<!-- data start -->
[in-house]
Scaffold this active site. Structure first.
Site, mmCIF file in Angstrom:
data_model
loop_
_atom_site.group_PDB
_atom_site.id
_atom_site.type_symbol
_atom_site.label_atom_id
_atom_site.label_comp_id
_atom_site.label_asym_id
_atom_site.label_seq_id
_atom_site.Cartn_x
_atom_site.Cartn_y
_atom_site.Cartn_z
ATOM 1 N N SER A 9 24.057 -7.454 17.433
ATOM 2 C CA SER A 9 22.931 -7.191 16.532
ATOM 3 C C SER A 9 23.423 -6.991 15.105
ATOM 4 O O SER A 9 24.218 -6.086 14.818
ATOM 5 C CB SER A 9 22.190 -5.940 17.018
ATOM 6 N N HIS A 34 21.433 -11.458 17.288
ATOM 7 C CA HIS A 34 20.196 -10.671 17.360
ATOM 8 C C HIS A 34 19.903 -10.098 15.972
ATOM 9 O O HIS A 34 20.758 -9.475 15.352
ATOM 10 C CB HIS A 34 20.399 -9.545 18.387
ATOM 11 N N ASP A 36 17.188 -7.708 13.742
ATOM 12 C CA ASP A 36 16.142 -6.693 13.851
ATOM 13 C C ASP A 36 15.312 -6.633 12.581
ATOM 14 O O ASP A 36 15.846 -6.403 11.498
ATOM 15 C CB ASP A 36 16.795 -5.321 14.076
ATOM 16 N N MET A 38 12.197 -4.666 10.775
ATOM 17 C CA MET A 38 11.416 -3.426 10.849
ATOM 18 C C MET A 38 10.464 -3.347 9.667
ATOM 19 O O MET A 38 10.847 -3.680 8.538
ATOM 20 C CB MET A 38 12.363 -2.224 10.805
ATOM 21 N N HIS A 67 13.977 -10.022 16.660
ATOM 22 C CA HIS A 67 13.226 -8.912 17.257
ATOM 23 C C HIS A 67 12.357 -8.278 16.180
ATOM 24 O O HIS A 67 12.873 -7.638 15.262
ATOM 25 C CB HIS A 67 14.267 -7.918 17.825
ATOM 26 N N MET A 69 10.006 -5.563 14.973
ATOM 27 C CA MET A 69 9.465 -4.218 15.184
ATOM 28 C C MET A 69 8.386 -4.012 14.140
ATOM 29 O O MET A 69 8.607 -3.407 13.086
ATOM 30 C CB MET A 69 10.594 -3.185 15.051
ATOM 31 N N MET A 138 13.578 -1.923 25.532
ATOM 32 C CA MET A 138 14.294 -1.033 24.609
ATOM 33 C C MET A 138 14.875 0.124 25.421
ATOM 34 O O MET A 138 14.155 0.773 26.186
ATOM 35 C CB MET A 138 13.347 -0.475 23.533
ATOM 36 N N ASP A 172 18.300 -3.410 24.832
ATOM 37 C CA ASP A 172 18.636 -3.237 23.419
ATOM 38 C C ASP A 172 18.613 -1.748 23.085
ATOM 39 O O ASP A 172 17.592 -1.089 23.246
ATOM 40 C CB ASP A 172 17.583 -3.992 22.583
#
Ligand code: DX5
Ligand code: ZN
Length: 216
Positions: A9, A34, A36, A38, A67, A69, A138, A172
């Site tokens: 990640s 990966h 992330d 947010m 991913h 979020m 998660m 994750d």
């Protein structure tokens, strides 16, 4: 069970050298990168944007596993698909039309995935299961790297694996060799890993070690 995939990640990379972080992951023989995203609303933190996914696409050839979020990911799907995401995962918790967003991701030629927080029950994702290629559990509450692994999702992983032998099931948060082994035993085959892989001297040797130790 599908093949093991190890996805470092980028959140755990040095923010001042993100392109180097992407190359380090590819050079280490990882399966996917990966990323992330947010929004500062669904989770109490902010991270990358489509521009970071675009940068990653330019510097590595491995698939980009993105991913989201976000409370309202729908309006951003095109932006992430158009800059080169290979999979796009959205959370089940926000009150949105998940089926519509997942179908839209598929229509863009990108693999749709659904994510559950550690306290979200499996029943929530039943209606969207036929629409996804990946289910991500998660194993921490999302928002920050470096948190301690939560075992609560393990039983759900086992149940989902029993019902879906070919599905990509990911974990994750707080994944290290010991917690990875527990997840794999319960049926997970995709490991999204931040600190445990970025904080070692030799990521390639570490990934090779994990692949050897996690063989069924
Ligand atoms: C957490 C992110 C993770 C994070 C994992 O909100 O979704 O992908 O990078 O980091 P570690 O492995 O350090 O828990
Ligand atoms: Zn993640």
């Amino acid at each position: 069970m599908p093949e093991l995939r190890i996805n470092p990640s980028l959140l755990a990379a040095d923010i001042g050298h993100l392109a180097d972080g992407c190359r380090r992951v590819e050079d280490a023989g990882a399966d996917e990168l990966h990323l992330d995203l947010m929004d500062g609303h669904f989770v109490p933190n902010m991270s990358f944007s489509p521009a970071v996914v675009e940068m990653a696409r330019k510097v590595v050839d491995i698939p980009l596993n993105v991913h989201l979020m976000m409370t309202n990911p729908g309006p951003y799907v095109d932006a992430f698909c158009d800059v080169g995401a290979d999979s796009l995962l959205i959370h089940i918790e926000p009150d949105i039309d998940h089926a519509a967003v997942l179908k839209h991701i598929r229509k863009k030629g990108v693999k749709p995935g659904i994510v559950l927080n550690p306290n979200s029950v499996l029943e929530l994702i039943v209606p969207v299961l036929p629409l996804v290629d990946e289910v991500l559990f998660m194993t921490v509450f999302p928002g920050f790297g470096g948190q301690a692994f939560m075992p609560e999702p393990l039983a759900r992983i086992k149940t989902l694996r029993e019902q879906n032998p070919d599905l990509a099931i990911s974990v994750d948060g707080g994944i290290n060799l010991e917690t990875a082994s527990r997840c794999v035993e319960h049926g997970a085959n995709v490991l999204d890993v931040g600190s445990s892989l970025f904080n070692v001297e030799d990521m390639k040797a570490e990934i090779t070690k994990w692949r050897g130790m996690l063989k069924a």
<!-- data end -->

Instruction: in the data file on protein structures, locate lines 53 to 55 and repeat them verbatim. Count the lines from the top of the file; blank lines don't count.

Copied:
ATOM 38 C C ASP A 172 18.613 -1.748 23.085
ATOM 39 O O ASP A 172 17.592 -1.089 23.246
ATOM 40 C CB ASP A 172 17.583 -3.992 22.583